Podcasts are so last month. If you want to get in on the hip trip, you’ll turn your attention (and camcorder) to vodcasts—Video-On-Demand-casts, that is. No, this isn’t stuff of the future. By following the steps I’m about to outline you can create and distribute a downloadable vodcast today.
The technology behind vodcasting is the same as the magic that makes up podcasting—RSS. By preparing your movies properly and creating the right feed, you can offer your audience video on demand through an application familiar to us all: iTunes 4.9, a version of iTunes that supports playback of local and streamed video. Here’s how to go about creating and distributing a vodcast of your own.
Tools You’ll Need:
Some kind of server connected to the Internet (this can be your iDisk, although the faster and more sustainable the server connection, the better).
A website for hosting the XML file that allows iTunes access to your video.
Vodcasting is nothing without video. Use a video application such as iMovie or one of the Final Cuts to create your movie. To get great looking video at a smallish size, use the program’s Export command to save the movie in H.264 format.
Step 2: Compress the movie
Open the movie in QuickTime Player Pro 7. Choose Export from the File menu and in the resulting Save Exported File As dialog box, choose Movie to MPEG-4 from the Export pop-up menu. Click the Options button and in the MP4 Export Settings window that appears, choose MP4 from the File Format pop-up menu. In the Video Format pop-up menu select H.264. To keep file size smaller, select a modest image size (say 240 x 180) and a frame rate of 15 fps. (Of course, if you’re delivering a small file to begin with, feel free to increase the image size and frame rate.)
Click the Audio tab and make sure that AAC-LC (Music) is selected in the Audio Format pop-up menu and choose a modest data rate from that pop-up menu (48 kbps, for example). You’ll save even more space if you choose Mono from the Channels pop-up menu and an output sample rate of 32.000 kHz.
Click the Streaming tab and enable the Enable Streaming option. Click OK to dismiss the window and click Save in the Save Exported File As window to compress your video. Compessing the movie could take quite a while if it’s long and large.
Step 3: Put it on the server
Mount the server from which the movie will be delivered and place the compressed movie file in a download directory for your website—for example, ~/Library/WebServer/Documents/yoursitename where yoursitename is the name of, well, the website that will deliver your content.
If you don’t have a server, you can use your iDisk. To do so, mount your iDisk and place the movie file in the Sites folder.
Step 4: Create the XML file
The XML file you create will allow iTunes to access your movie. In the text box below you’ll find an example file to get you started. Simply copy the code from the box below, paste it into a plain text TextEdit document, replace the example entries with entries that match your needs (for example, Your Movie Title should be replaced with the real title of your movie), save the file with the .xml extension— myvodcast.xml , for example—and you’re good to go.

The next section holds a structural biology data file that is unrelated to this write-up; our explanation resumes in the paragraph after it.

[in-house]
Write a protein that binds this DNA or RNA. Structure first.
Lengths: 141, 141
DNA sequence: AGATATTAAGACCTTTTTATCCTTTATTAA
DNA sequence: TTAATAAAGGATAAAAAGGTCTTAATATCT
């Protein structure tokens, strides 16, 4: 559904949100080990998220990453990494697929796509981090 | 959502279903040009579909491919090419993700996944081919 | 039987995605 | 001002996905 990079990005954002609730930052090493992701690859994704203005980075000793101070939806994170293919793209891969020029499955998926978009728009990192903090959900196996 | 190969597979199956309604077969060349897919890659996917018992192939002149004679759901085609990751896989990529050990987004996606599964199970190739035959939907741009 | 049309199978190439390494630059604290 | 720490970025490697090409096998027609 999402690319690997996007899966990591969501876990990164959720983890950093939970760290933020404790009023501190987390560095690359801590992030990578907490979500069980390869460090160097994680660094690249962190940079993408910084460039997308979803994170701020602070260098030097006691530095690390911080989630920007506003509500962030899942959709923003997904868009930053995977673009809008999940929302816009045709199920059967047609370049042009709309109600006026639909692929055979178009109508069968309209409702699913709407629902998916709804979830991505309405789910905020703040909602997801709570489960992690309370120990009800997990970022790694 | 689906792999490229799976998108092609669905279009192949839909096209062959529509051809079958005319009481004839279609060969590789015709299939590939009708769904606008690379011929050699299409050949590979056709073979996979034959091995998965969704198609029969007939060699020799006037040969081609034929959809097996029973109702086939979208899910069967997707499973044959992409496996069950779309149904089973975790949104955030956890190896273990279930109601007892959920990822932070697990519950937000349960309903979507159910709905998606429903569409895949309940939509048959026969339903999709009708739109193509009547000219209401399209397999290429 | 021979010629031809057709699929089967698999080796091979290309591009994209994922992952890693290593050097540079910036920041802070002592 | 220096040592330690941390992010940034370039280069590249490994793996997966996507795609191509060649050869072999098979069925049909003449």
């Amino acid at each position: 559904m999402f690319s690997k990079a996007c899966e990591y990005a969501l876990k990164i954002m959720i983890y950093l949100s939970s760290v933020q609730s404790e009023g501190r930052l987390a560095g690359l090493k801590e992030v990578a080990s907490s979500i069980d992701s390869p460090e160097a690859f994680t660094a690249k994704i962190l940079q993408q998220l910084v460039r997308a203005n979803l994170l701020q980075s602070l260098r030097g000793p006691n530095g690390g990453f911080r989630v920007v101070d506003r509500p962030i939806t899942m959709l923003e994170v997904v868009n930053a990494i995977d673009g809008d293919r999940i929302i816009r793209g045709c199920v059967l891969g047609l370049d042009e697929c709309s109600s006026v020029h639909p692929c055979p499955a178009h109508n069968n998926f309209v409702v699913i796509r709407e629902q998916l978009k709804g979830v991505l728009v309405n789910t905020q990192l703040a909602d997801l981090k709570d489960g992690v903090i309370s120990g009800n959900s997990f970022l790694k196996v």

Note that you’ll need to fill in the length of your movie in the itunes:duration area of the xml file. To learn the length of your movie, open it in QuickTime Player and drag the playback bar to the end of the movie and look at the timecode readout. Enter this number in hours:minutes:seconds—01:12:32 for 1 hour, 12 minutes, and 32 seconds, for example. You may also want to add keywords so that those creatures that prowl the web can more easily index the content of your movie.
If you’d like to point to additional vodcasts to the file, copy the lines of code between the ITEM and /ITEM entries and paste them before the line of code that reads /CHANNEL.
Place the completed XML file in the same directory as your movie(s). If you’re using your iDisk, place the XML file in the Sites folder.
Step 6: Test in your browser
Launch your browser and enter the address to your XML file in this form: http://www.yoursitename.com/yourvodcast.xml. A page should appear that lists the title of your vodcast at the top along with a Read More link that, when clicked, takes you to a page where you can view your movie. The URL in the Address field should have changed so that feed replaces http , as in: feed://www.yoursitename.com/yourvodcast.
Step 7: Check it in iTunes
Launch iTunes 4.9 and select Subscribe to Podcast from the Advanced menu. Enter a URL along these lines: http://www.yoursitename.com/vodcast.xml where yoursitename is the name of your website and vodcast.xml is the name of your vodcast’s XML file—http://www.example.com/coolcast.xml, for example. If you’re doing this via iDisk, you’d type something like http://homepage.mac.com/example1/coolcast.xml.
When you enter this URL in the Subscribe to Podcast window and then click OK, an entry for the vodcast will appear in the Podcast playlist within iTunes’ main window and the video will begin downloading to your computer. Click the Play button and the video plays in the small video window in the lower left corner of the iTunes window. Click on this window and the video appears in a larger, separate window. Control-click (Mac) or Right-click (Windows) on this window and choose Full Screen to view the video at full screen.
Step 8: Let the world know
Send the link to your vodcast to your nearest, dearest, colleagues, contacts, and those you simply wish to make jealous and instruct them to enter that URL in the Subscribe to Podcasts window to view your work. Your video will appear in iTunes’ Podcasts area.
Important note: Video files are generally quite large and delivering a popular vodcast is going to burn up a load of bandwidth. Before going into the vodcast business, find a way to fund the bandwidth necessary to deliver your movies.